Week 4 Lecture - Week 4 Lecture Inventory Inventory and...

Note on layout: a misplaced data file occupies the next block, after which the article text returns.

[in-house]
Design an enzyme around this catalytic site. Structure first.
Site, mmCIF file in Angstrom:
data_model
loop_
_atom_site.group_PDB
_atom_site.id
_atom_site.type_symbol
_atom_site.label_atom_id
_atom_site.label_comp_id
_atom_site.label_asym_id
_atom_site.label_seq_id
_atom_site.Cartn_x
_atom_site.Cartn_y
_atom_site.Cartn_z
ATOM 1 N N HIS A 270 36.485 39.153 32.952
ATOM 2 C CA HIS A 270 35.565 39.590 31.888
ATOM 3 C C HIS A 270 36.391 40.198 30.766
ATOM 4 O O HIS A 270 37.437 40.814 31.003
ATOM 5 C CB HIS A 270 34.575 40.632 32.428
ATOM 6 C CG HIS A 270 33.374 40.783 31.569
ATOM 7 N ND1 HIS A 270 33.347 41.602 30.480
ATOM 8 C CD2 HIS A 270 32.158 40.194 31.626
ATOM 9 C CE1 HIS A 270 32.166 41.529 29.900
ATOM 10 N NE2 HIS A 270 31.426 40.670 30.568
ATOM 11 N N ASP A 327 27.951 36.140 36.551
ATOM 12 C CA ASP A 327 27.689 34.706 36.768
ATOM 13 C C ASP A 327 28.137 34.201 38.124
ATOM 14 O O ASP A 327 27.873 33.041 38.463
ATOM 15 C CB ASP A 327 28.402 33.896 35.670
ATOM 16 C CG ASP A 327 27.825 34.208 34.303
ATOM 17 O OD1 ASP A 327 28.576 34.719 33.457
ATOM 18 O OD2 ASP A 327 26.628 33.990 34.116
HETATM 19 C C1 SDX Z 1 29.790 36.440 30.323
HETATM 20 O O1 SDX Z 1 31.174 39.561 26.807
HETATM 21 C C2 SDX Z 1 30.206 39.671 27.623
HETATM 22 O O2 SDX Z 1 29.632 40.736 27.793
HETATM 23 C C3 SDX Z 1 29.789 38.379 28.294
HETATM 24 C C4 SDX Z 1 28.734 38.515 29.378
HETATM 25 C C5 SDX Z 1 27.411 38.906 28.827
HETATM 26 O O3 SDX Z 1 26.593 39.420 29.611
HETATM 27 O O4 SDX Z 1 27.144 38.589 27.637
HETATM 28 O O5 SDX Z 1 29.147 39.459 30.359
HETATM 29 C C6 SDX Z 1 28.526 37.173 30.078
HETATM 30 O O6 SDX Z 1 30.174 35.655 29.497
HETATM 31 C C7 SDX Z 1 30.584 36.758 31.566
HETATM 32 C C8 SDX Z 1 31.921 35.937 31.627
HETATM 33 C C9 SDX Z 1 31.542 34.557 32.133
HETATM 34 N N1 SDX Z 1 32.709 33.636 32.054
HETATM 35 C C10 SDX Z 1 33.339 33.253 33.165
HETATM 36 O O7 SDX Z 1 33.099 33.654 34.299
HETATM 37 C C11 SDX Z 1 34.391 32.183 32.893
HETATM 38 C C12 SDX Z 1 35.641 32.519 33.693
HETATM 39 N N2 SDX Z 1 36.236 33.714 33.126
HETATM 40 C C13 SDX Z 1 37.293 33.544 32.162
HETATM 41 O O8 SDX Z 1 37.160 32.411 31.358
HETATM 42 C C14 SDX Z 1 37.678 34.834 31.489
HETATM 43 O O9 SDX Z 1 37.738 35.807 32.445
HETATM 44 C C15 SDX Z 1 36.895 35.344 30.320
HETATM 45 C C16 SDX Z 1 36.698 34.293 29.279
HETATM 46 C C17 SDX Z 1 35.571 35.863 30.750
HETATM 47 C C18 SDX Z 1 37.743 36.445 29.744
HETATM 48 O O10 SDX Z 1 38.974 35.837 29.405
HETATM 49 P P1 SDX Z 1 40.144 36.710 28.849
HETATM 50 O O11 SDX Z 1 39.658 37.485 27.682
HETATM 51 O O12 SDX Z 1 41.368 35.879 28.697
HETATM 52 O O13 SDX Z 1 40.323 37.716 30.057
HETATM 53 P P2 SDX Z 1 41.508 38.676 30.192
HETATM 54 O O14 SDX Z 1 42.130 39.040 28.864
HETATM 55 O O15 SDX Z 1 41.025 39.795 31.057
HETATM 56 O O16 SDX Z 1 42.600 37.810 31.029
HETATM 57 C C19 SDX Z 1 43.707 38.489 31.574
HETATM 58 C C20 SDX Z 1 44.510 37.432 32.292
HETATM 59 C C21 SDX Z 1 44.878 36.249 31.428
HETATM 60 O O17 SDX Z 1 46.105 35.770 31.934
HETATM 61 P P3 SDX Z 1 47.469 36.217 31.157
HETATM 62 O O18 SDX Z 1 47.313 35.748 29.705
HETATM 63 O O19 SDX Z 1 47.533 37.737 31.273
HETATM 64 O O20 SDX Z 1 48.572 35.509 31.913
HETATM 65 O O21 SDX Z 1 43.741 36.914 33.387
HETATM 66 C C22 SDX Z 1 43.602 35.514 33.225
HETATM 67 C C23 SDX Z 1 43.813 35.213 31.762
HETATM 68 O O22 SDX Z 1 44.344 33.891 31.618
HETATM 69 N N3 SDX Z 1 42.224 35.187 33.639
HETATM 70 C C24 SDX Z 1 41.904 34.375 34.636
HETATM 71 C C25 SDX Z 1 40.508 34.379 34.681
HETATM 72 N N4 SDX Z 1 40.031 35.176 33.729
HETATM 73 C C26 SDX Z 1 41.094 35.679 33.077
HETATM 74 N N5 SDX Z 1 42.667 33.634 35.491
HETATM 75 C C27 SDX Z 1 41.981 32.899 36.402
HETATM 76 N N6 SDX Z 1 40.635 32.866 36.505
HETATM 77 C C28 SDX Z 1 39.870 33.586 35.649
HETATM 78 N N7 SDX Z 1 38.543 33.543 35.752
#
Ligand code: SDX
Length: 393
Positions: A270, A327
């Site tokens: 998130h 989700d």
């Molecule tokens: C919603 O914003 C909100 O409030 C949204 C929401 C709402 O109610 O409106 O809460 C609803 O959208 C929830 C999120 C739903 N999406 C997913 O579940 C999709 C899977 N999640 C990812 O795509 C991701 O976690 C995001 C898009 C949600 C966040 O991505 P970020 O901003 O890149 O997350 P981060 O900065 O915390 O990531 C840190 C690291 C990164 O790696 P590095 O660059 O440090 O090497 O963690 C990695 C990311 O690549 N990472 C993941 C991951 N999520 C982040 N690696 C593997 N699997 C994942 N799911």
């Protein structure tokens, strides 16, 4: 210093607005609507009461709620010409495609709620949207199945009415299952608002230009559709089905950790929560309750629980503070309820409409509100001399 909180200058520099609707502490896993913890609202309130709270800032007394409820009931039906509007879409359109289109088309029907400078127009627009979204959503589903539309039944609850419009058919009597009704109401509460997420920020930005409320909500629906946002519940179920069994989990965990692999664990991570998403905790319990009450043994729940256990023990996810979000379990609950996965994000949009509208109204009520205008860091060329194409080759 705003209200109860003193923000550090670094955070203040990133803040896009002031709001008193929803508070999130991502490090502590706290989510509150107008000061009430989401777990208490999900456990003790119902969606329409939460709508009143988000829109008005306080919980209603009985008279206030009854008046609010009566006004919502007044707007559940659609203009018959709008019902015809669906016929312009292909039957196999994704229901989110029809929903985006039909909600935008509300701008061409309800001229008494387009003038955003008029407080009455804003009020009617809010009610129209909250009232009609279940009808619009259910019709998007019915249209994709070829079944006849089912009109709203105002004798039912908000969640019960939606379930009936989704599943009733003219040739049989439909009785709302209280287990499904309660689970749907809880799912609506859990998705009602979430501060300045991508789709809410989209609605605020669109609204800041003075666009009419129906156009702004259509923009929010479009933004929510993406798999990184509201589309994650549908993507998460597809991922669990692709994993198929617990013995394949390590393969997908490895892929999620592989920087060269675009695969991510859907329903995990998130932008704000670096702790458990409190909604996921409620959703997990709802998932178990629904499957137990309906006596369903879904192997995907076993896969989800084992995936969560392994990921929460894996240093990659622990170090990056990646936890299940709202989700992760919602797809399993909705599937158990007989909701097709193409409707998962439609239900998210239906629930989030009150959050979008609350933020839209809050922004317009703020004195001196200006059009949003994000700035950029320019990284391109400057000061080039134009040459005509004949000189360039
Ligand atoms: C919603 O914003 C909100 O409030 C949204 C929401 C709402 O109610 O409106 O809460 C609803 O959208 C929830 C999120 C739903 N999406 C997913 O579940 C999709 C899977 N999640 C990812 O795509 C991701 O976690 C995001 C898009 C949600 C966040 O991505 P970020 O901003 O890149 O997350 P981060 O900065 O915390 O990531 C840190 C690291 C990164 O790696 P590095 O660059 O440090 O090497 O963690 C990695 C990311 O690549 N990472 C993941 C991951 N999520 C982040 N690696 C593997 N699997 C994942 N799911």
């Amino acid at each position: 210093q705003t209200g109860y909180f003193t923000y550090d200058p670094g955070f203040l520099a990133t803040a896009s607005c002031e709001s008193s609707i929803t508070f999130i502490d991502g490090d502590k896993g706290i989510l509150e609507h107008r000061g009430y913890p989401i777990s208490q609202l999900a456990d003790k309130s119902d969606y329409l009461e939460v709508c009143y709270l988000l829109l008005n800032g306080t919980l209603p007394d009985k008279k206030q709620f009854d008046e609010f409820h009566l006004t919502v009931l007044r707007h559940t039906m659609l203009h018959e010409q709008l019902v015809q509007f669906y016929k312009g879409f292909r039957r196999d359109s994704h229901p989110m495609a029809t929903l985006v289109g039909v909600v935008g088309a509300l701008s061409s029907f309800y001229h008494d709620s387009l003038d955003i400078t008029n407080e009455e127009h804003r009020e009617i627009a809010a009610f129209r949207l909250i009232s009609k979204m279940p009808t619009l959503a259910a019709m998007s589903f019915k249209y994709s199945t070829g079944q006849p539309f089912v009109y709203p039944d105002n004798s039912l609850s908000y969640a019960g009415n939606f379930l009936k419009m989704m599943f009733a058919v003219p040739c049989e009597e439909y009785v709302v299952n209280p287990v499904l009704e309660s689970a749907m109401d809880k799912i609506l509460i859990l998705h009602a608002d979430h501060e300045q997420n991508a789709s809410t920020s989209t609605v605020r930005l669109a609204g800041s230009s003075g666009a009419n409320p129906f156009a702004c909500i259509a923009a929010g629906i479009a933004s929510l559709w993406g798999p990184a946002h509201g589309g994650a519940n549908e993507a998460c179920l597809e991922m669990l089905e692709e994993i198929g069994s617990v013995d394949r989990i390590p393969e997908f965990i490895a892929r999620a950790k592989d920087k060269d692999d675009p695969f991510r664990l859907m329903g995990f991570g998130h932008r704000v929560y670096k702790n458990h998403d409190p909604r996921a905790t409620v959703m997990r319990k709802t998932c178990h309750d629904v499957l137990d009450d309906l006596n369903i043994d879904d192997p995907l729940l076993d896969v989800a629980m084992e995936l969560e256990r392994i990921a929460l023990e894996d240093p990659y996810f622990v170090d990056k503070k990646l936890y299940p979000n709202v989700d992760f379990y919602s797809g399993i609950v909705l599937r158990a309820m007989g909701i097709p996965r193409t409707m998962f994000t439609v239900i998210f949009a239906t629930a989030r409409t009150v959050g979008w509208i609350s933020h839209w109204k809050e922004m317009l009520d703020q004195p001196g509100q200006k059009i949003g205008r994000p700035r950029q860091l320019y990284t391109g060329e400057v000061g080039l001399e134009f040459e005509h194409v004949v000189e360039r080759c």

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Week 4 Lecture: Inventory Inventory and Gross Profit | Perpetual vs Periodic Systems | Inventory Costing | Lower of Cost or Market | Inventory and Accounting Principles Inventory and Gross Profit A business that buys goods and resells them to customers is called a merchandiser . Inventory is a current asset account that represents goods purchased that are available for resale to customers. For a merchandiser, inventory is a large and very valuable asset. Think of the cash that a company like Walmart has in its inventory. Recording transactions and tracking inventory are important parts of the financial information for this type of company. When inventory is purchased, it is recorded as an asset, since it is something owned and has future value. The balance in the inventory account is shown on the balances sheet. When inventory is sold, it is removed from the asset account and recorded as Cost of Goods Sold, a type of expense account. The amount of cost of goods sold for the period is listed on the Income Statement, where it is subtracted from sales (revenues). Sales are recorded at the selling price whereas inventory and cost of goods sold are recorded at the cost of purchasing the goods from the manufacturer. The difference between the sale (revenue) and the cost is gross profit. Sales minus cost of goods sold equal gross profit. Gross profit is often evaluated as ratio to sales, referred to as the gross profit percentage. Although dollar values may vary, the ratio between sales, cost of goods sold, and gross profit should be relatively stable. This ratio is watched closely by management, since changes can rapidly reduce profits significantly. In a merchandiser’s income statement, other expenses are subtracted from gross profit to determine net income. This format for the income statement provides more useful information to management and other users of the financial statements. Please review the video clip below for more information: Video Clips Cost Of Goods Sold Perpetual vs. Periodic Systems There are two systems for recording inventory transaction: the Perpetual and the Periodic systems. Use of one system over the other may be a choice, or it may be out of necessity due to resources. The perpetual system involves recording each business transaction that affects the inventory account being recorded at the time of the transaction. When inventory is purchased, returned to the vendor, sold, or returned from the buyer, the transaction is recorded immediately. This results in a running accurate balance in the inventory account at all times.
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